Nov. 30 (Bloomberg) -- Banco Bilbao Vizcaya Argentaria SA, Spain’s second-biggest lender, has restructured loans to 105,000 customers in financial difficulties since 2008 to “help” them keep making payments.
BBVA has restructured 900 million euros ($1.2 billion) of loans this year alone, the Bilbao, Spain-based bank said in a news release dated Nov. 28, saying it was adjusting customers’ repayments to their ability to pay. Among the solutions BBVA is offering its clients is delaying the payment of 30 percent of the capital until the end of a loan or increasing the terms on mortgages to 40 years.
“They studied the issue with numbers and it was seen it was possible to go ahead and in effect it was done -- extend the debt so that what had to be amortized in five years is amortized in seven and there it is,” said Francisco Sebastian, a BBVA client in Madrid who appears in a video posted on the bank’s website along with the news release. “The payment has dropped a bit and, of course, there’s the relaxation of not having to pay things so urgently.”
BBVA’s disclosure that it has “helped” customers by adjusting credit terms coincides with a debate about how accurate loan-default data is in Spain because of the lack of clarity about the quantity of loans in danger of defaulting that are being restructured or refinanced. Spanish banks, including BBVA, are fighting to stem further loan losses after the Bank of Spain predicted the country’s economy may contract in the final quarter and the Organization for Economic Cooperation and Development cut its forecast for 2012 growth to 0.3 percent on Nov. 28 from the 1.6 percent it estimated in May.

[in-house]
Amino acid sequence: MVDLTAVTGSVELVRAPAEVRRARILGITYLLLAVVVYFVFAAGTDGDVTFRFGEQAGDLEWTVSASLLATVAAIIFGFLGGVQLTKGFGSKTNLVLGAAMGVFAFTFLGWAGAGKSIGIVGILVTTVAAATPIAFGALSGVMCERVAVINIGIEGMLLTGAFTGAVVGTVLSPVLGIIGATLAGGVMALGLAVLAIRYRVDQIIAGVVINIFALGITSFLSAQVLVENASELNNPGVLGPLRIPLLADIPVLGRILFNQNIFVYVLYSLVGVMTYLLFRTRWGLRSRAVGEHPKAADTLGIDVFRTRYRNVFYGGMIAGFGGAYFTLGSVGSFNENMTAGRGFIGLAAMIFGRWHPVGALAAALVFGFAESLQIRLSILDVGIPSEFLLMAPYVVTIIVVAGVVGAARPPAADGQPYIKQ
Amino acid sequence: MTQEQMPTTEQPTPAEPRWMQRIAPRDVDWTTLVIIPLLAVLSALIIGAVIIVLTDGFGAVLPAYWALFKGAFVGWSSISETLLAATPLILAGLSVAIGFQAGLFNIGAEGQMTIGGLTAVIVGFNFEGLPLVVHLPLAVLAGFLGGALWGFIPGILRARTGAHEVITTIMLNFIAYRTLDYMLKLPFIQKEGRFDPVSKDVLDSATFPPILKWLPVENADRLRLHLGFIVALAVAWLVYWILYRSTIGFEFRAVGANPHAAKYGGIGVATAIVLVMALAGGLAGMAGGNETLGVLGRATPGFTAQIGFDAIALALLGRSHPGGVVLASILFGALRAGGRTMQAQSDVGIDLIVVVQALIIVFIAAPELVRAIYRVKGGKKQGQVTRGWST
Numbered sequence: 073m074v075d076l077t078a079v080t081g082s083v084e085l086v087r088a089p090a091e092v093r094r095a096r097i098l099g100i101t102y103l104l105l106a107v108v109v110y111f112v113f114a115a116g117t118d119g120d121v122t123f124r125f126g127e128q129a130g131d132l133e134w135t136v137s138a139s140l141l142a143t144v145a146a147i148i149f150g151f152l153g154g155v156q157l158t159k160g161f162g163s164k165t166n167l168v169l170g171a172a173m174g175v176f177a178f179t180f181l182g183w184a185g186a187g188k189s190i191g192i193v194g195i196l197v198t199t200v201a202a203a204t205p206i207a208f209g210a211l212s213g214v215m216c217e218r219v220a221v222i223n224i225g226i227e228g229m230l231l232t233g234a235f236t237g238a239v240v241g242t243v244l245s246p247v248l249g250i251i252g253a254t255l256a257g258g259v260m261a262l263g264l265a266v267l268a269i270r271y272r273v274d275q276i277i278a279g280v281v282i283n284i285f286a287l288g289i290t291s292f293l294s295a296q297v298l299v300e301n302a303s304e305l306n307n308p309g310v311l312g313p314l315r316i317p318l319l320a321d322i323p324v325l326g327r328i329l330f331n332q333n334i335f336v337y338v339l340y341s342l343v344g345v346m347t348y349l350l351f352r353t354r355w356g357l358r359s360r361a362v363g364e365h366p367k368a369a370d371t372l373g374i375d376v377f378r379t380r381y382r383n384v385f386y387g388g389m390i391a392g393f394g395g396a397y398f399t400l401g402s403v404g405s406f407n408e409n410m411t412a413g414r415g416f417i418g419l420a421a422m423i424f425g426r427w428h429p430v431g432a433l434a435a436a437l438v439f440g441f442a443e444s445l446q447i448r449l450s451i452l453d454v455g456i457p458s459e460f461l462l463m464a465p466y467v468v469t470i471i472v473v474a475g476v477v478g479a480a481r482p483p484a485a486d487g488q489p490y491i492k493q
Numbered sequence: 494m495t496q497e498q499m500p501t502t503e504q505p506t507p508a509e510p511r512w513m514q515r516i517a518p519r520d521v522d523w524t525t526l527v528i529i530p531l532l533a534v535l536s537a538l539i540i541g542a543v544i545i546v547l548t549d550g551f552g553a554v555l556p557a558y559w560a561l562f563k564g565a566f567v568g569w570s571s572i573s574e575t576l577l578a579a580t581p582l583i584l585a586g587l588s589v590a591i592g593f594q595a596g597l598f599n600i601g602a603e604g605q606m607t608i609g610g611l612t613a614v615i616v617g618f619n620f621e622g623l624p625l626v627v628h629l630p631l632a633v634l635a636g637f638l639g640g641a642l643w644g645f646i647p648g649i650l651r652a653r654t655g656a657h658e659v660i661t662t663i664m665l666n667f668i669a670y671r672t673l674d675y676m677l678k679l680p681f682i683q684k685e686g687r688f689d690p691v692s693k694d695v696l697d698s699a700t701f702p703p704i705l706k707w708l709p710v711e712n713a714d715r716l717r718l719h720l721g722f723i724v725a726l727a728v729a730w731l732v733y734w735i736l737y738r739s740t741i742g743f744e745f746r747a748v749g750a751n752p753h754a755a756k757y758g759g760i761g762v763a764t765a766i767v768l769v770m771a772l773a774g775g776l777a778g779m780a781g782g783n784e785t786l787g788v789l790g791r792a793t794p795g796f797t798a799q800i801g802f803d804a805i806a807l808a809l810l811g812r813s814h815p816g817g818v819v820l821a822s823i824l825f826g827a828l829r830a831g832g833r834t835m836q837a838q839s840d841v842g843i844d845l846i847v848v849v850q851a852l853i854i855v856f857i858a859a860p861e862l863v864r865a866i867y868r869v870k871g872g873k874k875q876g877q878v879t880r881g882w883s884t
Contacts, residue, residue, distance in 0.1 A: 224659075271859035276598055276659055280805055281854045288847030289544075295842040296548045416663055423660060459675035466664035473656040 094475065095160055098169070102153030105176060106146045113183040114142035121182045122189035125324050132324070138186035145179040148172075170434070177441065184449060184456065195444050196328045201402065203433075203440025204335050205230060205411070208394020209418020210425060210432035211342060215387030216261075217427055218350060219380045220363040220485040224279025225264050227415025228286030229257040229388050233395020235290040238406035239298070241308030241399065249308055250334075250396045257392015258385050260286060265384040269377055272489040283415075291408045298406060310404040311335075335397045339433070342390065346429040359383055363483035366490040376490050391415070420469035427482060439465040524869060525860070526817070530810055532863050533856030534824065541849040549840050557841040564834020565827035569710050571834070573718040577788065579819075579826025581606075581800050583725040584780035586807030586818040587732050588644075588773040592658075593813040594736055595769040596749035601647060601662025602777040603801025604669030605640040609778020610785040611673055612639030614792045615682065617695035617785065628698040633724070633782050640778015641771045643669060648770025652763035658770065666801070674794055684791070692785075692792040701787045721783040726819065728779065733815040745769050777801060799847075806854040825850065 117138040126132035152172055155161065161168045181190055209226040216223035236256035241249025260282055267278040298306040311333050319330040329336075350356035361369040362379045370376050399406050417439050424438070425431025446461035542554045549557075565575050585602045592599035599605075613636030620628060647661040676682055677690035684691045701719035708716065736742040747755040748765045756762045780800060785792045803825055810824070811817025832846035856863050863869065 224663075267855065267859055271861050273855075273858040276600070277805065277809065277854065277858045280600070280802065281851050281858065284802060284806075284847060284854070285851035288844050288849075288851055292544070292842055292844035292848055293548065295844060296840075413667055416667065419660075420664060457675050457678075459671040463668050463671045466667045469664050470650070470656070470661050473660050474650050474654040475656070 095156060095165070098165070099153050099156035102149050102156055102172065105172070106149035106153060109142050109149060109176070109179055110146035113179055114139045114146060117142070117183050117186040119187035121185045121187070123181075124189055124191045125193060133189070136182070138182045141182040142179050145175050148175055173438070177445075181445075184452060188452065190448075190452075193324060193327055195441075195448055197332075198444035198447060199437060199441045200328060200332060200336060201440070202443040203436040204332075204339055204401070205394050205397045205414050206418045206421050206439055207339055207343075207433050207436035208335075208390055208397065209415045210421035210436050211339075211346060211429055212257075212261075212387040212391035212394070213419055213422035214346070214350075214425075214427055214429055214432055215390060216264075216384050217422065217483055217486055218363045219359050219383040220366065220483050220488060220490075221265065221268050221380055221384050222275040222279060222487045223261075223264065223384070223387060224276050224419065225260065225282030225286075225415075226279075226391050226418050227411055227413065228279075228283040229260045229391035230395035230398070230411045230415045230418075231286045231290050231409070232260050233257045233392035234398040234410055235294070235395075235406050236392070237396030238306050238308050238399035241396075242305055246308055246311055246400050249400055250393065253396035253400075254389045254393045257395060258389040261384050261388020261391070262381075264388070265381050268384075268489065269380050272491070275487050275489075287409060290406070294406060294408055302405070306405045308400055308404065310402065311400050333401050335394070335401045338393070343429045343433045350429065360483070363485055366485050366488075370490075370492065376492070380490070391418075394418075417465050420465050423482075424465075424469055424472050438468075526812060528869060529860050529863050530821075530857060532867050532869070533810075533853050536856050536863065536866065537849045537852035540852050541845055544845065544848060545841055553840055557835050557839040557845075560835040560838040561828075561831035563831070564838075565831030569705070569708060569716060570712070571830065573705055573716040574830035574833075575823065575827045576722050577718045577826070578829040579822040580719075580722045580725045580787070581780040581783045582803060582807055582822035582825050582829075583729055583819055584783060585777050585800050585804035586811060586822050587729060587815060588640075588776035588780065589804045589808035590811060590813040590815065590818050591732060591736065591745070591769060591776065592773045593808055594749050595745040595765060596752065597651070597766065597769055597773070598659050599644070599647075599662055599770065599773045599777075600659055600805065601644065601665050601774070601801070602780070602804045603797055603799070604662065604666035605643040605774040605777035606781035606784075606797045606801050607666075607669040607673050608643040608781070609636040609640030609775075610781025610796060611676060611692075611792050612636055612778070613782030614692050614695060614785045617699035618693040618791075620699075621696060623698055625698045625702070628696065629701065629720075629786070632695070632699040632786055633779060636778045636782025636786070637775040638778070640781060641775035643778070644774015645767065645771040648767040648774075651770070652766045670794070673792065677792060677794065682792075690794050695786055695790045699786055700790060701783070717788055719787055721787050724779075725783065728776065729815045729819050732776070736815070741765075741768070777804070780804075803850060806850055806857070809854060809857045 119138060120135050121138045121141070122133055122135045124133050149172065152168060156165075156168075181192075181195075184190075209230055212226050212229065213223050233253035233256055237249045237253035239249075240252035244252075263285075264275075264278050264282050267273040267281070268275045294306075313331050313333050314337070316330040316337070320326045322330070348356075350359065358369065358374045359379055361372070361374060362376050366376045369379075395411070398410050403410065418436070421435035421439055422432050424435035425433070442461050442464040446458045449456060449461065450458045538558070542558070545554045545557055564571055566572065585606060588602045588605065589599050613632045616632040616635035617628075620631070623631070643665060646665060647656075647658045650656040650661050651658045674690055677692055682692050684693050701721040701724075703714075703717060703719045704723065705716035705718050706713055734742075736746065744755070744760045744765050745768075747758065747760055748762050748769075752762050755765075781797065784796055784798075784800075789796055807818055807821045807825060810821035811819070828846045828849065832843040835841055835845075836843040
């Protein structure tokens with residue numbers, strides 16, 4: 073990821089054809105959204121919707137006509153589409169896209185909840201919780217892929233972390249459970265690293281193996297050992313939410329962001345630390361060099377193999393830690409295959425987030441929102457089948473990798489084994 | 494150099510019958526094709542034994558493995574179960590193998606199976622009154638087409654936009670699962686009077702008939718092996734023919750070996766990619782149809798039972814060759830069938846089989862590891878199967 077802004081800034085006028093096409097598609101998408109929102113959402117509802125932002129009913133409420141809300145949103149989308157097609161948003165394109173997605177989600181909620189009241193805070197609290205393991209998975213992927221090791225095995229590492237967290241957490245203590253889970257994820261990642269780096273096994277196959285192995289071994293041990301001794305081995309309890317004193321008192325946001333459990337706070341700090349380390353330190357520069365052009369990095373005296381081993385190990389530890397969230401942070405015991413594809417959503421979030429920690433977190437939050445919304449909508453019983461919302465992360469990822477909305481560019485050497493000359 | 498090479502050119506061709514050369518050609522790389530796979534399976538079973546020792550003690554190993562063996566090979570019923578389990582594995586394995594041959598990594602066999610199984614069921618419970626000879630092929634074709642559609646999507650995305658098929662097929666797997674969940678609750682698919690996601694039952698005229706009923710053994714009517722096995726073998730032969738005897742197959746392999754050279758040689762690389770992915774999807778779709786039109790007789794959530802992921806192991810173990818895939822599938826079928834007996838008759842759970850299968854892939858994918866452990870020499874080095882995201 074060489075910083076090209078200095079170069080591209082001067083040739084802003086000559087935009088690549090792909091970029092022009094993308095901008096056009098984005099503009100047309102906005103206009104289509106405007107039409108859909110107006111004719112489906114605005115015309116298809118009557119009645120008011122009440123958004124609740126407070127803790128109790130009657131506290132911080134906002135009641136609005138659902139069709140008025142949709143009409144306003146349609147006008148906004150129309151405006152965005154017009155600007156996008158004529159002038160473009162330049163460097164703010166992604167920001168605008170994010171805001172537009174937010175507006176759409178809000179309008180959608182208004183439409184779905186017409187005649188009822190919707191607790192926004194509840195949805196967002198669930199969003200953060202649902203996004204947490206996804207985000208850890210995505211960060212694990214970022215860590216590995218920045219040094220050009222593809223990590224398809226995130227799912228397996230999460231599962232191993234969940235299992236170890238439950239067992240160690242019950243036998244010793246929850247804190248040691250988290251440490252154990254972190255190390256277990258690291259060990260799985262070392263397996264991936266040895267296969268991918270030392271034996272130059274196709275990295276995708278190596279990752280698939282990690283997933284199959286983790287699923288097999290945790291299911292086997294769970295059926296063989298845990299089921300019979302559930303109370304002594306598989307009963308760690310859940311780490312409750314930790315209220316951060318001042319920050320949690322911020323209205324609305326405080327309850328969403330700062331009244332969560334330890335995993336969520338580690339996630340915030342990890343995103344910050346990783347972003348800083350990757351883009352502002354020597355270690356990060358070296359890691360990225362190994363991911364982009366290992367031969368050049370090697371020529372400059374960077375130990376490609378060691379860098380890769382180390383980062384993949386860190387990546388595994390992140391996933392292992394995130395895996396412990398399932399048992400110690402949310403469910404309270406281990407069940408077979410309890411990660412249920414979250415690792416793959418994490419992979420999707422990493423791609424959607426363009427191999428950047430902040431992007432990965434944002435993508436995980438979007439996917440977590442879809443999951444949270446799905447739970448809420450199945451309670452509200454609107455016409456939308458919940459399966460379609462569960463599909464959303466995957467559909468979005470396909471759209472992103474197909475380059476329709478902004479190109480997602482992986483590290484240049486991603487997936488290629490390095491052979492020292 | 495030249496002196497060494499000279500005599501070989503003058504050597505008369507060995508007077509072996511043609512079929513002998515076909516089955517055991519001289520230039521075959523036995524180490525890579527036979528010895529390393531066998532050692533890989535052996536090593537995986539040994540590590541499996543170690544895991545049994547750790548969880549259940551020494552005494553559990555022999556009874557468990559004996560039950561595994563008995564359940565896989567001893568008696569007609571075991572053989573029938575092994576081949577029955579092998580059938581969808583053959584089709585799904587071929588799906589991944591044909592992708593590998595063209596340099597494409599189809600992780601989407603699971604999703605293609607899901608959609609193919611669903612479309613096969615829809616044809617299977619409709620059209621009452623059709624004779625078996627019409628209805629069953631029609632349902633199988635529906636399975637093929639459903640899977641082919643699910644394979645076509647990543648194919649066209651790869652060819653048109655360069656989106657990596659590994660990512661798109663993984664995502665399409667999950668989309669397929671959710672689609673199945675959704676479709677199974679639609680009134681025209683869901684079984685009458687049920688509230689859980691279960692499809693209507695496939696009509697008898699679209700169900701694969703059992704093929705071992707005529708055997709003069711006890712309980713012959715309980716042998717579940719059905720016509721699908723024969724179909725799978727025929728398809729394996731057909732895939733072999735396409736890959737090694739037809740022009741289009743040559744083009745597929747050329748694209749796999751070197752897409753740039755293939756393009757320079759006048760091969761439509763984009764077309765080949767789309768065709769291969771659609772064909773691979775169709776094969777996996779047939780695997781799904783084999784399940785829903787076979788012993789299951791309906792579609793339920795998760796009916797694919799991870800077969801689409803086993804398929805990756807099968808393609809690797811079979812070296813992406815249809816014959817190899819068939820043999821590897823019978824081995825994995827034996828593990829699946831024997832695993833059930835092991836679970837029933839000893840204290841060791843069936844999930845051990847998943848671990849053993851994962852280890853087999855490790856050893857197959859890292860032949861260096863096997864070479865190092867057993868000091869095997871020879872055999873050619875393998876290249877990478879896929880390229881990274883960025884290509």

BBVA executives have been saying for 18 months defaults have peaked even as growth stalls in a Spanish economy that accounts for about 60 percent of the bank’s lending. Of the 105,000 families helped, 45,000 had mortgages, 44,000 had consumer loans and 15,000 business loans, the bank said.
A BBVA spokesman, who asked not to be named in line with company policy, declined to comment in a phone interview.
The bank has about 11 billion euros of bad loans in Spain, equivalent to 4.9 percent of its lending in the country with provisions set aside to cover 42 percent of that amount. That compares to a bad-loans ratio for the Spanish banking industry as a whole of 7.16 percent in September, according to Bank of Spain figures.
Aristobulo de Juan, a former head of banking supervision who helped tackle a banking crisis in the 1980s that caused the collapse of 50 banks, said in Nov. 17 column in Expansion newspaper that a BBVA estimate that the banking industry may face a further 60 billion euros in unprovisioned losses may be far short of the mark because of “systematic refinancing” of bad loans.
“Refinancing loans is a normal banking practice,” said Daragh Quinn, an analyst at Nomura International in Madrid. “It’s a win-win situation if you think there’s a good chance that your clients can keep making their payments over the medium term.”
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